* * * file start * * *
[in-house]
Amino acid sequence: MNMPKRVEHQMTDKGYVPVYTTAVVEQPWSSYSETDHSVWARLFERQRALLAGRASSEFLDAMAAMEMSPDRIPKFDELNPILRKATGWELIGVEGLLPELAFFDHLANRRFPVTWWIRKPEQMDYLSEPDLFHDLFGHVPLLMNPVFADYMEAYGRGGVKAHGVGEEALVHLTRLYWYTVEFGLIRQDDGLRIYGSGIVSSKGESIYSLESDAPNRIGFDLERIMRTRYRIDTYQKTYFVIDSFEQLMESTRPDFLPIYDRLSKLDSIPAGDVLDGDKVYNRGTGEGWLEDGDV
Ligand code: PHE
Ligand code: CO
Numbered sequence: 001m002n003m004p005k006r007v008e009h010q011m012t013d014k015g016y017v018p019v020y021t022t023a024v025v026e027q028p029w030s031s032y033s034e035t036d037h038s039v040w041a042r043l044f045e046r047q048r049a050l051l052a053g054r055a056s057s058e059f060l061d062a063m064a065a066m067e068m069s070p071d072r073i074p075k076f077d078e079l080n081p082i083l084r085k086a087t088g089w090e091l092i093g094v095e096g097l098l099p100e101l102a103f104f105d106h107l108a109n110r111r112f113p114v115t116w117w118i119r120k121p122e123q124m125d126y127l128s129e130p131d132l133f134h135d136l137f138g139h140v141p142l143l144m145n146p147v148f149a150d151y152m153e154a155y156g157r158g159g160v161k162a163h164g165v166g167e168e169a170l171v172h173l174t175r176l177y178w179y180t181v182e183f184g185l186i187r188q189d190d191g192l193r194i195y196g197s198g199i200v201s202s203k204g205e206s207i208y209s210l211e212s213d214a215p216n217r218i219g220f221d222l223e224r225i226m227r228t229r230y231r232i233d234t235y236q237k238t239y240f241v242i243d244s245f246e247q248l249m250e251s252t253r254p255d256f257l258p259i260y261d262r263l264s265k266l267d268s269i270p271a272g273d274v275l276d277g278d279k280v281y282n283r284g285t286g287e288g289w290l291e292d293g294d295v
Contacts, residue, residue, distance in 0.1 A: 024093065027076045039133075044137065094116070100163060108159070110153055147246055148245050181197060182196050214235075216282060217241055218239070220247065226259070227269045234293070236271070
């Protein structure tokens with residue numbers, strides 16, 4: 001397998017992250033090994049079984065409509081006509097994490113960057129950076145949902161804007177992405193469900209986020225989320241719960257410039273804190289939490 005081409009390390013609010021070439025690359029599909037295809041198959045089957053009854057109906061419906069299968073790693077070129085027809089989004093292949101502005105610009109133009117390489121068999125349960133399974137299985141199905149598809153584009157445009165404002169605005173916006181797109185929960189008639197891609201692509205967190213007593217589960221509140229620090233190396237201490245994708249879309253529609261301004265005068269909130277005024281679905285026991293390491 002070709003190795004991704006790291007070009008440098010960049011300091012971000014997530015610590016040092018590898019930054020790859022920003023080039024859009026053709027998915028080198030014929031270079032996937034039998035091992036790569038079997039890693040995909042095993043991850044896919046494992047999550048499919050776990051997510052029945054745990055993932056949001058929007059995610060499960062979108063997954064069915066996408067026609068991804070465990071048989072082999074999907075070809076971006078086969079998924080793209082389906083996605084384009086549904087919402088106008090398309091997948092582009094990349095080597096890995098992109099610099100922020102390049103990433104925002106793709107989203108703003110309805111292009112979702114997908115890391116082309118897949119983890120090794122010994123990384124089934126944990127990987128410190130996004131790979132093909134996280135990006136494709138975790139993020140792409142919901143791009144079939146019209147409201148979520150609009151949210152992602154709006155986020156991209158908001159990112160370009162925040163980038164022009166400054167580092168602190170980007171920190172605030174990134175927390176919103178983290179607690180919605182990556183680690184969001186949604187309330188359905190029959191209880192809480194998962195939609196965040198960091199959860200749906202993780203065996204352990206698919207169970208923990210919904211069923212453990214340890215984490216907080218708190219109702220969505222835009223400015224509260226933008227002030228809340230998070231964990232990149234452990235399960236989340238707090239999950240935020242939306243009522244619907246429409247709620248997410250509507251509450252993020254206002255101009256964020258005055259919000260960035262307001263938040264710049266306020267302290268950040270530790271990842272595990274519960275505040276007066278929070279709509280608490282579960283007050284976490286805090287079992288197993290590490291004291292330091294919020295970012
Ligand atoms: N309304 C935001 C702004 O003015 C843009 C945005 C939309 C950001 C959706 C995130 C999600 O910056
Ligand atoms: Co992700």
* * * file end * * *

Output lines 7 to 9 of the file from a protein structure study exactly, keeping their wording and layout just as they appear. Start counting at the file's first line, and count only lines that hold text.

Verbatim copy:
């Protein structure tokens with residue numbers, strides 16, 4: 001397998017992250033090994049079984065409509081006509097994490113960057129950076145949902161804007177992405193469900209986020225989320241719960257410039273804190289939490 005081409009390390013609010021070439025690359029599909037295809041198959045089957053009854057109906061419906069299968073790693077070129085027809089989004093292949101502005105610009109133009117390489121068999125349960133399974137299985141199905149598809153584009157445009165404002169605005173916006181797109185929960189008639197891609201692509205967190213007593217589960221509140229620090233190396237201490245994708249879309253529609261301004265005068269909130277005024281679905285026991293390491 002070709003190795004991704006790291007070009008440098010960049011300091012971000014997530015610590016040092018590898019930054020790859022920003023080039024859009026053709027998915028080198030014929031270079032996937034039998035091992036790569038079997039890693040995909042095993043991850044896919046494992047999550048499919050776990051997510052029945054745990055993932056949001058929007059995610060499960062979108063997954064069915066996408067026609068991804070465990071048989072082999074999907075070809076971006078086969079998924080793209082389906083996605084384009086549904087919402088106008090398309091997948092582009094990349095080597096890995098992109099610099100922020102390049103990433104925002106793709107989203108703003110309805111292009112979702114997908115890391116082309118897949119983890120090794122010994123990384124089934126944990127990987128410190130996004131790979132093909134996280135990006136494709138975790139993020140792409142919901143791009144079939146019209147409201148979520150609009151949210152992602154709006155986020156991209158908001159990112160370009162925040163980038164022009166400054167580092168602190170980007171920190172605030174990134175927390176919103178983290179607690180919605182990556183680690184969001186949604187309330188359905190029959191209880192809480194998962195939609196965040198960091199959860200749906202993780203065996204352990206698919207169970208923990210919904211069923212453990214340890215984490216907080218708190219109702220969505222835009223400015224509260226933008227002030228809340230998070231964990232990149234452990235399960236989340238707090239999950240935020242939306243009522244619907246429409247709620248997410250509507251509450252993020254206002255101009256964020258005055259919000260960035262307001263938040264710049266306020267302290268950040270530790271990842272595990274519960275505040276007066278929070279709509280608490282579960283007050284976490286805090287079992288197993290590490291004291292330091294919020295970012
Ligand atoms: N309304 C935001 C702004 O003015 C843009 C945005 C939309 C950001 C959706 C995130 C999600 O910056
Ligand atoms: Co992700």